Category: History

500 years of Reformation


500 years ago today, the history of the church, of Europe, and of the western world were forever changed in the town of Wittenberg Germany. Martin Luther wrote his 95 theses, a list of grievances against corrupt and unbiblical practices within the Catholic Church. The impact of this event continues to ripple throughout the Christian world.

Luther was not the first person to call for reform in the church. Continue reading “500 years of Reformation”

JFK at 100


John F. Kennedy was the Steve McQueen of presidents. His family were the reality stars before the Kardashians.

He would have turned 100 years old today. But he’s forever frozen in time as the vibrant, handsome president of the early 60s.

Ever since I was a kid, the presidency has fascinated me and JFK has been part of that fasciation. He’s often considered to be one of our ten best presidents. He continues to have one of the highest favorability ratings among former presidents. Kennedy biographer Robert Dallek Continue reading “JFK at 100”

Where I was on 9/11


Based on an essay of the same title, originally published September 11, 2011

I thought it was an accident. When my high school principal announced over the PA system that the World Trade Center had been hit by a plane. I distinctly remember hearing someone in the back of the class mutter, “terrorism.”

I was taking a quiz in my third period geometry class fifteen years ago. I was 15 years old, and a sophomore in high school.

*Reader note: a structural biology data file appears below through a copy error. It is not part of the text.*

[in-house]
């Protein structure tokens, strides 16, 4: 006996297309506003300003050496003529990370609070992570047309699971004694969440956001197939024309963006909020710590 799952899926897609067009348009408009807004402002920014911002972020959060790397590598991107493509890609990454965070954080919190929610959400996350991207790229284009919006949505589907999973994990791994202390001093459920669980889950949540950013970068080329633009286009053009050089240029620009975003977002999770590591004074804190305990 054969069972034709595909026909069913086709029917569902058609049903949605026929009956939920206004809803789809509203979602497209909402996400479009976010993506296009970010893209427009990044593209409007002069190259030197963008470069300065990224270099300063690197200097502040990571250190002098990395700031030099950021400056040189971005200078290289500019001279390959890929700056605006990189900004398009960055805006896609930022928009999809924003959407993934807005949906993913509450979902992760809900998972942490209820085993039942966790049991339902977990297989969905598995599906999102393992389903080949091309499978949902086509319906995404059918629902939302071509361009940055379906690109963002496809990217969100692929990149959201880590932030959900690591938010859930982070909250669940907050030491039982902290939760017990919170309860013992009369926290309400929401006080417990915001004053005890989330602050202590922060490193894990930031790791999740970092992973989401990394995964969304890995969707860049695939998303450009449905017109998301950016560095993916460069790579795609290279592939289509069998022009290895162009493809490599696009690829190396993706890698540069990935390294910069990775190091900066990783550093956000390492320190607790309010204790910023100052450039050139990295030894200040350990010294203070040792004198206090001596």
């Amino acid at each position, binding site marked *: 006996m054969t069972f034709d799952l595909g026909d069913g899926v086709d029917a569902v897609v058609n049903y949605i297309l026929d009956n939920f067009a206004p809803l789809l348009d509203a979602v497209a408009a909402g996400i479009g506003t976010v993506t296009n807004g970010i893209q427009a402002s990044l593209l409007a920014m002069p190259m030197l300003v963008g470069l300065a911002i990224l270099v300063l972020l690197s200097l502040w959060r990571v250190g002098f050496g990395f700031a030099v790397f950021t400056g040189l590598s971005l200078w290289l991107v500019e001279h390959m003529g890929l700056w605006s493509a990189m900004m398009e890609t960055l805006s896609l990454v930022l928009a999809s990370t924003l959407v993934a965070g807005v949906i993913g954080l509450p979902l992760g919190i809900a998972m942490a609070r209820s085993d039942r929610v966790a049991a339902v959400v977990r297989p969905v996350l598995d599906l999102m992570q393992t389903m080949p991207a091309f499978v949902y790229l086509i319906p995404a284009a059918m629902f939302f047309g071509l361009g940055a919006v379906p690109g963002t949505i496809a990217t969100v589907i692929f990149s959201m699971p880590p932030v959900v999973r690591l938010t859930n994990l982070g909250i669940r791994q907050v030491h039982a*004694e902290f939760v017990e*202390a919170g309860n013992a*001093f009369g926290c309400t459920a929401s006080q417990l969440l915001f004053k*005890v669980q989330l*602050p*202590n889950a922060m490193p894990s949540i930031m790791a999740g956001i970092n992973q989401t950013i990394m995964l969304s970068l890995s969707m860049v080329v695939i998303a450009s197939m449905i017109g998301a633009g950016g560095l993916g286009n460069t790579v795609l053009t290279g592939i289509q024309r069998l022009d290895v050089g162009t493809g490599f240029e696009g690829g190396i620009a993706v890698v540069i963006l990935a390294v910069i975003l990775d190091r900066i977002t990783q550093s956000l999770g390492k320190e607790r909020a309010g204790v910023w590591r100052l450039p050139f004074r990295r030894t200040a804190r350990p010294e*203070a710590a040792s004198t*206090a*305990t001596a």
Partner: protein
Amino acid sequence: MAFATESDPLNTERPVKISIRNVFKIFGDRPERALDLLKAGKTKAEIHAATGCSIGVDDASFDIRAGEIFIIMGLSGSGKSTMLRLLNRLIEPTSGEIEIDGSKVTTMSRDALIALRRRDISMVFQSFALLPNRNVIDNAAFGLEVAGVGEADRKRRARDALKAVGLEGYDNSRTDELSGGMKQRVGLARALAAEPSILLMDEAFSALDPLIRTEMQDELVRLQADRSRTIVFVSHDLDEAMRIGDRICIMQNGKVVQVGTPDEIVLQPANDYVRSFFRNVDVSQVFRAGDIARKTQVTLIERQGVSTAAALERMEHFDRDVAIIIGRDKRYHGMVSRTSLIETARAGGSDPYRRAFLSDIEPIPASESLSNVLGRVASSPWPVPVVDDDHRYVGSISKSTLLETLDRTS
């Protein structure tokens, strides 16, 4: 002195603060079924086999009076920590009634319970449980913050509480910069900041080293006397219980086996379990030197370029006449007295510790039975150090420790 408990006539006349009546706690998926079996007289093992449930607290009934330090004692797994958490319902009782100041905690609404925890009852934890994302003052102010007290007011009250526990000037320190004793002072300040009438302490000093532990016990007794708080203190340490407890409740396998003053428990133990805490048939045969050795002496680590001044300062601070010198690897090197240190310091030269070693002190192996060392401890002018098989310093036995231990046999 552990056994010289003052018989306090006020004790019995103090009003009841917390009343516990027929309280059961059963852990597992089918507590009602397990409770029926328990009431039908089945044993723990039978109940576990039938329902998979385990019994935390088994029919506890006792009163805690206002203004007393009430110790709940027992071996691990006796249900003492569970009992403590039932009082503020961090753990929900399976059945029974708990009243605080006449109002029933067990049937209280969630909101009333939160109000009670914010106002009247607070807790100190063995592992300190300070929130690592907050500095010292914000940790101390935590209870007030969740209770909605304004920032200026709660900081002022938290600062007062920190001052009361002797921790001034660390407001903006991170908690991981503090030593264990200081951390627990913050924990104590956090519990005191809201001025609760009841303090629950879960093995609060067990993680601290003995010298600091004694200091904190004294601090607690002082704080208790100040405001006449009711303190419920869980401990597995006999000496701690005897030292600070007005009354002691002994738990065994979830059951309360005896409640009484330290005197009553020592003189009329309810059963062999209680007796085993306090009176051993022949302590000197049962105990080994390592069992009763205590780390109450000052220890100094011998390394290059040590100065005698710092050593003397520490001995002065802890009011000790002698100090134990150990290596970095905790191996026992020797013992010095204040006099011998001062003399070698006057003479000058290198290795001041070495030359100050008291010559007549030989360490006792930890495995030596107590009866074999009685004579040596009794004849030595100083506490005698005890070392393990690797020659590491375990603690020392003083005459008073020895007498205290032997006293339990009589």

I’ve changed a lot over these last fifteen years; we’ve all changed a lot over these last ten years. Continue reading “Where I was on 9/11”

Elie Wiesel: 1928-2016

800px-Elie_Wiesel_2012_Shankbone copy
Photo courtesy of Flickr Creative Commons @David Shankbone

“It was pitch dark. I could hear only the violin, and it was as though Juliek’s soul were the bow. He was playing his life. The whole of his life was gliding on the strings–his last hopes, his charred past, his extinguished future. He played as he would never play again…When I awoke, in the daylight, I could see Juliek, opposite me, slumped over, dead. Near him lay his violin, smashed, trampled, a strange overwhelming little corpse.”

-Elie Wiesel, “Night”

Holocaust survivor, writer, and peace activity, Elie Wiesel passed away today at the age of 87. Continue reading “Elie Wiesel: 1928-2016”

The death that started a world war: 100 years later


It’s interesting to look at photos from the beginning of World War I. They look like they could be from the Napoleonic Era. Yet by the end of the war, armies were fighting with airplanes and tanks. The world changed. World War I set the stage for World War II. With the tensions of the war and an impoverished Russia helped lead to the collapse of the Romanov Dynasty. The result was communism in the newly formed Soviet Union. The Ottoman Empire, which had lasted since the Middle Ages, collapsed. To the victor goes the spoils, and as oil was starting to become more important, imperial European nations took advantage of the Middle East. But a casualty of the fall of the Ottoman Empire was the relative stability of the region. As a result of the war, the League of Nations was created as a precursor to today’s United Nations.

In the generation before the war, most of the fighting in which European armies had engaged was in imperial skirmishes against opponents with inferior equipment. The conventional methods used in World War I had not caught up with technology. A war that started in the summer, and which most of Europe thought would be finished by Christmas trudged on for four years. Causalities were on a scale never before seen in human history. Continue reading “The death that started a world war: 100 years later”